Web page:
Garden Life is an Experiment

digitS'

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"All life is an experiment. The more experiments you make, the better.” Ralph Waldo Emerson

You have tried some new varieties and new species in your gardens, now and then. Some have come to kind of characterize your garden or, you as a gardener. You might be the only one in your neighborhood with those plants and you are committed to growing them, ! each year ! For you, they are winners. What are they? Let me put mine in groups.

Vegetable: Portuguese Kale
Annual flowers: Snapdragon
Perennial: Dahlia

And for those who don't think a Dahlia is a perennial because it has to be lifted and transplanted every year: how about my Black Iris?

Steve
admittedly there are more than those ;)
 

Zeedman

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Among other things, the joy of gardening is trying new varieties, new techniques, and learning to get just a little better each year. I doubt the vegetable garden will ever be the same way twice.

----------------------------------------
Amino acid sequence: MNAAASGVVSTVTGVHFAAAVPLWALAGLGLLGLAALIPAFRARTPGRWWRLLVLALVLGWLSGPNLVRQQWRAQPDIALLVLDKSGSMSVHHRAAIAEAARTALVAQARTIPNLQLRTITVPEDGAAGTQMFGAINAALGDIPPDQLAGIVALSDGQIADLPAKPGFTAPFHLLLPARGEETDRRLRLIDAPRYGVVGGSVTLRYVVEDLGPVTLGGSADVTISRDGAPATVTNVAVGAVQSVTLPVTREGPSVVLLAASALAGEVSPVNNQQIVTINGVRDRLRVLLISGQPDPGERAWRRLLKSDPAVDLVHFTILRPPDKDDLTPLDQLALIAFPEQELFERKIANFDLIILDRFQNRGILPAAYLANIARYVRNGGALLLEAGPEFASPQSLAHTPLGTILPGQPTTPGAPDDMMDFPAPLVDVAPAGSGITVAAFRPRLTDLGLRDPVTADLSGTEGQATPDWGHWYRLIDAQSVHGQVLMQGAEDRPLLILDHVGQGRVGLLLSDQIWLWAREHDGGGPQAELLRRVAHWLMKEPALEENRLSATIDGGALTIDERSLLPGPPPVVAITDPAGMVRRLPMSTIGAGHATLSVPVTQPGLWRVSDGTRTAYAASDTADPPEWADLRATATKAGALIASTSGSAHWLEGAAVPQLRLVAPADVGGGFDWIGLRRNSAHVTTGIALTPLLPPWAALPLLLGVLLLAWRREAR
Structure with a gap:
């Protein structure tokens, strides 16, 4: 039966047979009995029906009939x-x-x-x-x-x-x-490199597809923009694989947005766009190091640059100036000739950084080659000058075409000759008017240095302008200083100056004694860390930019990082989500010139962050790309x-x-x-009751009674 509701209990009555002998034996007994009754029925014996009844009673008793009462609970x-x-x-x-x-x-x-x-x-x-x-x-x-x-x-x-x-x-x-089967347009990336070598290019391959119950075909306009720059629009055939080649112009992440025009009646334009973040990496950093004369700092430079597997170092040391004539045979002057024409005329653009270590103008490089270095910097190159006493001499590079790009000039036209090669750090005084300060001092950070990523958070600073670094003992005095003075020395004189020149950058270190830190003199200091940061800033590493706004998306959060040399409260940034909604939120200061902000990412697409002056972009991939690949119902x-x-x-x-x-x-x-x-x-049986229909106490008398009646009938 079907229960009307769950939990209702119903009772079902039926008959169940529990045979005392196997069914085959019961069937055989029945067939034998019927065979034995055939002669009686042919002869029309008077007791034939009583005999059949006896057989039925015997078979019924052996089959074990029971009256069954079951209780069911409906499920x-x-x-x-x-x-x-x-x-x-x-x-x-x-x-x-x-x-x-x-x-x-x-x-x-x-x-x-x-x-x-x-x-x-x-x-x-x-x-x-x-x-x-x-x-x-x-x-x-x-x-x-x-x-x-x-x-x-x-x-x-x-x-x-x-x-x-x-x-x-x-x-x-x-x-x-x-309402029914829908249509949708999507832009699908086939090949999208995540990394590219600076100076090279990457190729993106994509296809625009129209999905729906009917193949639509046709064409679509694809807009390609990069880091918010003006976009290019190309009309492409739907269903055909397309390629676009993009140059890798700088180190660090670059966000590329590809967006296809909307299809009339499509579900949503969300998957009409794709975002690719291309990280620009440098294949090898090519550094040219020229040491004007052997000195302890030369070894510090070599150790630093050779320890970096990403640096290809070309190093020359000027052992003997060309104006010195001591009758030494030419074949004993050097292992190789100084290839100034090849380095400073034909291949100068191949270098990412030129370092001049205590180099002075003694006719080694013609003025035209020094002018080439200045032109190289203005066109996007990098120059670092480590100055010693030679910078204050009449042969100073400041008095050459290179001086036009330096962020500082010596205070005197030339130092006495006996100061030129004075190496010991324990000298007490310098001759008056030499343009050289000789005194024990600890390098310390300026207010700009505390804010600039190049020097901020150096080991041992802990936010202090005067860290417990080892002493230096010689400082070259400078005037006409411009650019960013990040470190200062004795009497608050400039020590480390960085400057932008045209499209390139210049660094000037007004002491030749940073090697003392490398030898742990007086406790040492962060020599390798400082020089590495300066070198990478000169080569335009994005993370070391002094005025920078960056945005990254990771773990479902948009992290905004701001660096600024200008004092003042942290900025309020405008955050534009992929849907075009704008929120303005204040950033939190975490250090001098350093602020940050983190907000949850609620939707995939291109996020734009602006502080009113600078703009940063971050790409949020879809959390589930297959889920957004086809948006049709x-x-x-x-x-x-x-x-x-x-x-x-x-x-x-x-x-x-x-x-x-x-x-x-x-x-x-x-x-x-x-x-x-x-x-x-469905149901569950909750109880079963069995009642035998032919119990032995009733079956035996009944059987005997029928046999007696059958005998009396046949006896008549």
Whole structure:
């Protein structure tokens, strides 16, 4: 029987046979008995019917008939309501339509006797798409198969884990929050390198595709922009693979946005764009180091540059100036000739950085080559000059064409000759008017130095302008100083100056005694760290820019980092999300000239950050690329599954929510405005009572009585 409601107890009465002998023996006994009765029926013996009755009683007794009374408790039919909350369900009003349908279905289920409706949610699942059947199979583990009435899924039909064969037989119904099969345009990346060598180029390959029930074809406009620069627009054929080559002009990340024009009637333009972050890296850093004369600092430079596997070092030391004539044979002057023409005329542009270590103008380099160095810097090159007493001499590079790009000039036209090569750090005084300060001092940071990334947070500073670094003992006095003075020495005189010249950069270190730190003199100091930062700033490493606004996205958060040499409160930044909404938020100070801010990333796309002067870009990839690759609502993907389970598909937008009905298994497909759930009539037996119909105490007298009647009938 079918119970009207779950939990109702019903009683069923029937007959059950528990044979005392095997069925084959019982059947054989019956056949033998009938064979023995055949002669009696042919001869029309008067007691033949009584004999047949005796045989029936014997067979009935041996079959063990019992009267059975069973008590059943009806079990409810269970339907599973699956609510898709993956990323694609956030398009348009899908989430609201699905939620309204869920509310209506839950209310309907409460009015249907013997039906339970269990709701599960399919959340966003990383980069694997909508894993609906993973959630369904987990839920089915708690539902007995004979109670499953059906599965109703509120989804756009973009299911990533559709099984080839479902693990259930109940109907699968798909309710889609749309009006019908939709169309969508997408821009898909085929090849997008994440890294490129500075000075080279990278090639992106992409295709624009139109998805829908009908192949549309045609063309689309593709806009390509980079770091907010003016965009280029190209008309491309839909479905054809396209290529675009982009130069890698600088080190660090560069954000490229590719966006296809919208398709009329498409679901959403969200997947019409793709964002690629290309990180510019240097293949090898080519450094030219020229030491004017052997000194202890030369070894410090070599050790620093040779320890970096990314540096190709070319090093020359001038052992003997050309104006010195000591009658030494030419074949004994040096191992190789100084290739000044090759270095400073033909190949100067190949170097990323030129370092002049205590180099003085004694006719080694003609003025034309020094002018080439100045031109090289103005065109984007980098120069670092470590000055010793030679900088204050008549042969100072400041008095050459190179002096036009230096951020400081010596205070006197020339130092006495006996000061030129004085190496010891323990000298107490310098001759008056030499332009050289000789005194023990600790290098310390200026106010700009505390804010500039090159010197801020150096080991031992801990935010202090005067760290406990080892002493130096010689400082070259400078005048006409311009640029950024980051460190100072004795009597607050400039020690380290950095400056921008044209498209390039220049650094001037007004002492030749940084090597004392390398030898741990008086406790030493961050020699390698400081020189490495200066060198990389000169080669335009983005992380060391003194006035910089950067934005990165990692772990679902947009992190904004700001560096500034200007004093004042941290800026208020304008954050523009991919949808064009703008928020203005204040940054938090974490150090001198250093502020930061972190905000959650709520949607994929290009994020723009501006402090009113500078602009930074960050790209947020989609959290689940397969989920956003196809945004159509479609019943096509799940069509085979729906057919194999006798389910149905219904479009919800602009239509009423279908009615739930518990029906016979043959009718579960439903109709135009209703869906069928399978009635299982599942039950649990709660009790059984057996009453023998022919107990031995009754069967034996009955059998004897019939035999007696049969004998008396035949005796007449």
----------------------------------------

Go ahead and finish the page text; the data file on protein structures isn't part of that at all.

I'm mainly a vegetable gardener, although I plant most of the perennials. DW takes care of the annual flowers & house plants. The more unusual things grown every year:
Bitter melon
Yardlong beans
Water spinach
Gherkins (the real species, not cucumbers)
Moringa

Perennials: tiger lilies (a virtual tiger lily nursery), bleeding heart, day lilies, and iris, with violets everywhere in between.

A lot of experiments... plant spacing, different cultural methods, unusual edibles, and trying to adapt long-season vegetables to my short summers. A few breeding projects too, which I look forward to devoting more time to when I retire.
 

flowerbug